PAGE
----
NDIP neighbourhood delights in two new residents
PHOTO BY CARMEN MARIE FABIO
The goats are better behaved than most dogs, obediently following their owner and have a special love of eating dandelions, much to Lévesque’s delight.
The COVID-19 outbreak that saw the population sequestered in their homes for the past two months has had some surprisingly positive effects on the greater community – one notably being that area animal shelters have seen adoptions take place in record numbers. And while dogs and cats are the usual go-tos when most people are looking to adopt, a Notre-Dame-de-l'Île-Perrot woman has recently discovered the joy of owning goats.
“The follow me everywhere like dogs,” said Marie Lévesque, owner of caprine sisters Coton and Ouaté, which basically translates to 'cotton wadding,' commonly used in French for the word 'hoodie.'
“If I walk, they walk; if I stop, they stop, and they don't bark.”
The goats have become such a fixture in the area that some parents have been helping alleviate their children's quarantine boredom by letting them walk by for a visit.
So well behaved are 'the girls' there have been no neighbourhood complaints and unlike dogs, goats subsist on a vegetarian diet allowing their droppings to quickly biodegrade in the grass.
The girls harmoniously share a pen behind Lévesque's home with a few chickens who, like the goats, will not wander off her property.
Her goat ownership began when she casually expressed to a Saint-Lazare acquaintance that she'd always thought about owning goats and when the friend could no longer keep the sisters, Lévesque's fate was sealed.
While she admitted that after a single week she initially didn't want them anymore, explaining that getting to know and understand them took longer than she anticipated, but the goats slowly won over her heart and she's grown quite attached to them. There's a mutual trust and affection that's evident between Lévesque and the girls as they never stray too far from her side and are known to fret if she leaves the house.
COVID-19 confinement rules that left the now-retired healthcare worker at home means she's been able to foster a close connection to the goats and began taking short walks with them in the neighbourhood to the delight of passersby who will come out to see them. On the day of this interview, a pair of passing cyclists stopped in their tracks to marvel at the unlikely sight. “It's very common in parts of Europe,” one cyclist said. “I'm really happy to see goats here.”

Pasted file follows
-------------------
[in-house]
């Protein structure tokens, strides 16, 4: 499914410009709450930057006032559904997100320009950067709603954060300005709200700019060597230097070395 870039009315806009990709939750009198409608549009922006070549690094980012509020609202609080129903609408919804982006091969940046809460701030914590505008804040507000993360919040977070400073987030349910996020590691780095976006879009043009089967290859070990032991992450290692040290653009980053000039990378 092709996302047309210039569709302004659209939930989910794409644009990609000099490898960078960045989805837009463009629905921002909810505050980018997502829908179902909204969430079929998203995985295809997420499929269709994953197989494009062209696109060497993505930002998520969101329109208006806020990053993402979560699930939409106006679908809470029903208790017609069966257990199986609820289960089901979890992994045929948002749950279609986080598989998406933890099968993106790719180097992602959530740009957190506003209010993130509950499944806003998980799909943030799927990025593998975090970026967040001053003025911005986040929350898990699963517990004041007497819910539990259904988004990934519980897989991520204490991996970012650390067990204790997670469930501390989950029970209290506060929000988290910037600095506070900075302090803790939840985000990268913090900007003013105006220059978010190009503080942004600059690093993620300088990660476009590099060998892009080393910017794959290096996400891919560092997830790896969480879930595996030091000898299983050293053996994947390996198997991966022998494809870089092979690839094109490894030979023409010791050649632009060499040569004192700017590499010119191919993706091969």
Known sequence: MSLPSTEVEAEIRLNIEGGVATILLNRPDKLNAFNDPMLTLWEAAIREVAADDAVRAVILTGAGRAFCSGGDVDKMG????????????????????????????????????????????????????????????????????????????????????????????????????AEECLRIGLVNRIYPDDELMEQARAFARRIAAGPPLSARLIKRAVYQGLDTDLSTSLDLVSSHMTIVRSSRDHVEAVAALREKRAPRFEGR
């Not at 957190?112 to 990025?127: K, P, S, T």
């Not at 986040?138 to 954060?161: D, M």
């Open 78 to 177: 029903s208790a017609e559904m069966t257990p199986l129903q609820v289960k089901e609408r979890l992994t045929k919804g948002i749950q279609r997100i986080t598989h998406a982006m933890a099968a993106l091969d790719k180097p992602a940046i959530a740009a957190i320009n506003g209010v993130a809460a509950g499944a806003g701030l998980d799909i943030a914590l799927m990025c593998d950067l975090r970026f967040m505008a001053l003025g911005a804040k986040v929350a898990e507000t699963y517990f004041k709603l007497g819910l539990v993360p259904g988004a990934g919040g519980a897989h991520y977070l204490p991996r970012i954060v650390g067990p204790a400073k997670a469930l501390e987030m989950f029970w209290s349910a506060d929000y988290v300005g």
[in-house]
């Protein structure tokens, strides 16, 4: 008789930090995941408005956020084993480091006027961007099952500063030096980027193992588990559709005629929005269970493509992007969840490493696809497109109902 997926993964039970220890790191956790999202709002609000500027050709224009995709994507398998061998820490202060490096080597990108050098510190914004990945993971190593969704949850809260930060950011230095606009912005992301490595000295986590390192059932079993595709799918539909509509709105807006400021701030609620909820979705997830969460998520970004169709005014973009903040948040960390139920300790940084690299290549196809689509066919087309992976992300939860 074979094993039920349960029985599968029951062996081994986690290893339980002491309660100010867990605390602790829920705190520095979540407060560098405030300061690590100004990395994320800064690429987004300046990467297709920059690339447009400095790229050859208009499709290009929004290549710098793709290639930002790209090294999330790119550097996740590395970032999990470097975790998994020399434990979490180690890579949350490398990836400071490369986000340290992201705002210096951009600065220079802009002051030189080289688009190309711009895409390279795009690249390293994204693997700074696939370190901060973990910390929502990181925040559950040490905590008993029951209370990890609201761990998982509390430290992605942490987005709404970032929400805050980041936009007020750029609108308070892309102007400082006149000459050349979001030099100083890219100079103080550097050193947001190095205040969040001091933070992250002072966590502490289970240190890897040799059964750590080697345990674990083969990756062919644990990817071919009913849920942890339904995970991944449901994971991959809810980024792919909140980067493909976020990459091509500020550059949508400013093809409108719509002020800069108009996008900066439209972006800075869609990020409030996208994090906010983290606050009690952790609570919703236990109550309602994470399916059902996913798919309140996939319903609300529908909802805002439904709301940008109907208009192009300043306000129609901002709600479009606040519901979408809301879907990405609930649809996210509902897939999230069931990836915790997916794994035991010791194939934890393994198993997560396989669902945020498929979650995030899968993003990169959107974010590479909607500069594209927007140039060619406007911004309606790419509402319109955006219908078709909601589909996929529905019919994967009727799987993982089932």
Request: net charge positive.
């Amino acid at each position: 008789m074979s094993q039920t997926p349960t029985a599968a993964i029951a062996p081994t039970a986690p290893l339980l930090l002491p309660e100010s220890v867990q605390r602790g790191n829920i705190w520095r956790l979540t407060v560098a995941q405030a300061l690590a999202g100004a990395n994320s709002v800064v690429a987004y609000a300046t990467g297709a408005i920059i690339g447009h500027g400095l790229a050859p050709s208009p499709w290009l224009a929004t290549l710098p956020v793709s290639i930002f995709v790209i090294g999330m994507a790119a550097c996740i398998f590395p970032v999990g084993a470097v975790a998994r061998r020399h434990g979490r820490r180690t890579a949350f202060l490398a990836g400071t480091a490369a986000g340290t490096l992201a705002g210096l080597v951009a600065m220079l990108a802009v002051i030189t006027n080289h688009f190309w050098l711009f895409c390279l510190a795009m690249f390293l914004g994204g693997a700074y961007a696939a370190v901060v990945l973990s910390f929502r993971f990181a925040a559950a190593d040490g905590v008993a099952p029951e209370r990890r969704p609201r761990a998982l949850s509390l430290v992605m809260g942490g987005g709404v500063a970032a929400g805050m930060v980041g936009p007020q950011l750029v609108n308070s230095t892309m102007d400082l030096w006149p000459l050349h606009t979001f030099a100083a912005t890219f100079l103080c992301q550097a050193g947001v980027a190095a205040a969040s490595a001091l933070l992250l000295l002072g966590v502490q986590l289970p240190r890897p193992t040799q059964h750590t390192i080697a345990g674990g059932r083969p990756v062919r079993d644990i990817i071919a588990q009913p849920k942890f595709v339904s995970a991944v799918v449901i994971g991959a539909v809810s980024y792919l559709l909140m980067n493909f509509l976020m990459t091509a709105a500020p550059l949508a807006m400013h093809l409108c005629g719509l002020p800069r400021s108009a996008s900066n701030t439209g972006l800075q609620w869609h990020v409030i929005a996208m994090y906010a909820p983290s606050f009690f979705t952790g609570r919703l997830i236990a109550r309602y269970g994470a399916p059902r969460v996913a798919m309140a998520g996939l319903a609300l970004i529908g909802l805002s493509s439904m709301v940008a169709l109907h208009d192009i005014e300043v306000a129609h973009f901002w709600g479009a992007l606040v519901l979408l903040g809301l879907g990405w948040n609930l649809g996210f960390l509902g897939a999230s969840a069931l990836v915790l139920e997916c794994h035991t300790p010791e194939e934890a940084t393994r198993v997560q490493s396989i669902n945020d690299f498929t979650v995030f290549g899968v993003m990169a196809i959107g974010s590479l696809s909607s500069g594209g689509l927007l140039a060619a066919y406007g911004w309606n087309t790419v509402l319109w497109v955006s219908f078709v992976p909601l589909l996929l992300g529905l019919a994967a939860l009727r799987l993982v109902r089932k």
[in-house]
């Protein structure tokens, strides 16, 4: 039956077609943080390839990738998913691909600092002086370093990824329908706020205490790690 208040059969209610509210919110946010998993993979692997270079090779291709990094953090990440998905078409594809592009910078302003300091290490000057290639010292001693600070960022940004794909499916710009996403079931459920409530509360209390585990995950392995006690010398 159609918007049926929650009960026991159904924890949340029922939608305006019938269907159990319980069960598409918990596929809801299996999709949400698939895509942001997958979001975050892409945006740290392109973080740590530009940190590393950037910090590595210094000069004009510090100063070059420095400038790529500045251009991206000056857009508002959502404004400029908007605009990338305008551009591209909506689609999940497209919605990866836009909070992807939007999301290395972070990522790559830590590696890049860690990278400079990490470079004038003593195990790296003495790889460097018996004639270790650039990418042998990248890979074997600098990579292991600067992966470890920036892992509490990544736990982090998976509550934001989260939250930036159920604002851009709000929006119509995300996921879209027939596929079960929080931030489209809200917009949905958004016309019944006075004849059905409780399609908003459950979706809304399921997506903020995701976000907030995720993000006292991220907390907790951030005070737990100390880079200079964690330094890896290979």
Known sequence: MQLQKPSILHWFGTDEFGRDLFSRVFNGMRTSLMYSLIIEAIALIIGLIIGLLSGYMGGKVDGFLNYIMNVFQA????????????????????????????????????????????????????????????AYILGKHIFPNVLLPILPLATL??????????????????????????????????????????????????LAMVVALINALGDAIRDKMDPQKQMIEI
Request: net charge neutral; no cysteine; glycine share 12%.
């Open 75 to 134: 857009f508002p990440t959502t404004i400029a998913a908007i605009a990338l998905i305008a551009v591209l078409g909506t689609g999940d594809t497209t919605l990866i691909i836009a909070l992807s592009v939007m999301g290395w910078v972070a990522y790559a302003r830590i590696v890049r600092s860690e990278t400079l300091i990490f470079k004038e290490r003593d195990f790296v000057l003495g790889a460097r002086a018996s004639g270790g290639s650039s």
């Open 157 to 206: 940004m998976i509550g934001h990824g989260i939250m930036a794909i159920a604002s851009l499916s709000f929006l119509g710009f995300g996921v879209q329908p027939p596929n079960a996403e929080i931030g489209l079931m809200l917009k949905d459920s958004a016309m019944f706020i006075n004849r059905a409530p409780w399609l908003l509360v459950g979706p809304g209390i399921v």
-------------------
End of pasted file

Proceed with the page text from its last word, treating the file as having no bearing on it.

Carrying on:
PHOTO BY CARMEN MARIE FABIO
NDIP resident Marie Lévesque said it didn’t take long for her to fall in love with her two goats named Coton (chewing her leg) and Ouaté.
The goats' diet is uncomplicated – commercial feed from a supplier in Sainte-Marthe along with some hay and they're left to freely graze on the grass and leaves on Lévesque's property.
“Oh,” Lévesque added, “and they love dandelions! I'm very happy about that.” True to goats' reputations, they'll even eat plastic, rubber, or litter requiring close attention on the owners' part.
Currently about two years of age, these goats – who are roughly each the size of a large dog – have a life expectancy of about 15 years.
While initially standoffish with strangers, as long as they're approached gently and respectfully, they quickly warm up, especially to back scratches.
“And they love kids,” said Lévesque, describing a young neighbourhood toddler who, prior to social distancing rules, loved to pass by to see the girls and give them hugs.
Lévesque is hoping to eventually see the goats involved in zoo therapy programs for both children and seniors.
“That's my goal.”
Recognizing goats as companion animals, while new, is growing in popularity.
“They're like dogs but better,” said Lévesque as the girls wagged their tales at the sound of her voice. “They follow me, I don't need to run after them. They're loyal and protective. I've fallen in love with them.”